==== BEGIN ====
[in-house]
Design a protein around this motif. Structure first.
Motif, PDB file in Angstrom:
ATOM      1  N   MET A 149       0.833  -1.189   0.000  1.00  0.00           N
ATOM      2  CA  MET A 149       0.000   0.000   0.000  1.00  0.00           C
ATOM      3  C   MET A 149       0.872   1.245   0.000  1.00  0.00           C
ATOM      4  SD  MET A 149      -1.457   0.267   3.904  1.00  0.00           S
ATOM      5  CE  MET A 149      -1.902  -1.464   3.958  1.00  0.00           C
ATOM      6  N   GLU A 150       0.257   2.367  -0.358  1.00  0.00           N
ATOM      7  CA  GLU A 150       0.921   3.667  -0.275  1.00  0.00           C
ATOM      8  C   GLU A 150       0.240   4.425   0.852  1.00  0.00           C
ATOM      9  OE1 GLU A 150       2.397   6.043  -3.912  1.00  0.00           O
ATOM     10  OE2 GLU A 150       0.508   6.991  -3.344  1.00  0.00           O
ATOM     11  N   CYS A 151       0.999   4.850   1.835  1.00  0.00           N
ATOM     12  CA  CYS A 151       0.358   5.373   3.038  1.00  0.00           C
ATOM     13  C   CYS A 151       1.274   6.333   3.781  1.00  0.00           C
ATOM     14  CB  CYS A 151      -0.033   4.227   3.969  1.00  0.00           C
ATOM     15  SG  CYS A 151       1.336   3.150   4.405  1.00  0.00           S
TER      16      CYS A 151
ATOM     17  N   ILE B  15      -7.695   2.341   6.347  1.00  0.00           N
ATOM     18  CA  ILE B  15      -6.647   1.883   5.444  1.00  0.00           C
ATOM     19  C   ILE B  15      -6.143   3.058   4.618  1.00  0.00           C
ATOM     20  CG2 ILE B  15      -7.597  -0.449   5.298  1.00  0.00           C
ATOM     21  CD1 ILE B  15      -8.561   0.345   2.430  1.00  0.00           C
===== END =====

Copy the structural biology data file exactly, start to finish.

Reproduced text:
[in-house]
Design a protein around this motif. Structure first.
Motif, PDB file in Angstrom:
ATOM      1  N   MET A 149       0.833  -1.189   0.000  1.00  0.00           N
ATOM      2  CA  MET A 149       0.000   0.000   0.000  1.00  0.00           C
ATOM      3  C   MET A 149       0.872   1.245   0.000  1.00  0.00           C
ATOM      4  SD  MET A 149      -1.457   0.267   3.904  1.00  0.00           S
ATOM      5  CE  MET A 149      -1.902  -1.464   3.958  1.00  0.00           C
ATOM      6  N   GLU A 150       0.257   2.367  -0.358  1.00  0.00           N
ATOM      7  CA  GLU A 150       0.921   3.667  -0.275  1.00  0.00           C
ATOM      8  C   GLU A 150       0.240   4.425   0.852  1.00  0.00           C
ATOM      9  OE1 GLU A 150       2.397   6.043  -3.912  1.00  0.00           O
ATOM     10  OE2 GLU A 150       0.508   6.991  -3.344  1.00  0.00           O
ATOM     11  N   CYS A 151       0.999   4.850   1.835  1.00  0.00           N
ATOM     12  CA  CYS A 151       0.358   5.373   3.038  1.00  0.00           C
ATOM     13  C   CYS A 151       1.274   6.333   3.781  1.00  0.00           C
ATOM     14  CB  CYS A 151      -0.033   4.227   3.969  1.00  0.00           C
ATOM     15  SG  CYS A 151       1.336   3.150   4.405  1.00  0.00           S
TER      16      CYS A 151
ATOM     17  N   ILE B  15      -7.695   2.341   6.347  1.00  0.00           N
ATOM     18  CA  ILE B  15      -6.647   1.883   5.444  1.00  0.00           C
ATOM     19  C   ILE B  15      -6.143   3.058   4.618  1.00  0.00           C
ATOM     20  CG2 ILE B  15      -7.597  -0.449   5.298  1.00  0.00           C
ATOM     21  CD1 ILE B  15      -8.561   0.345   2.430  1.00  0.00           C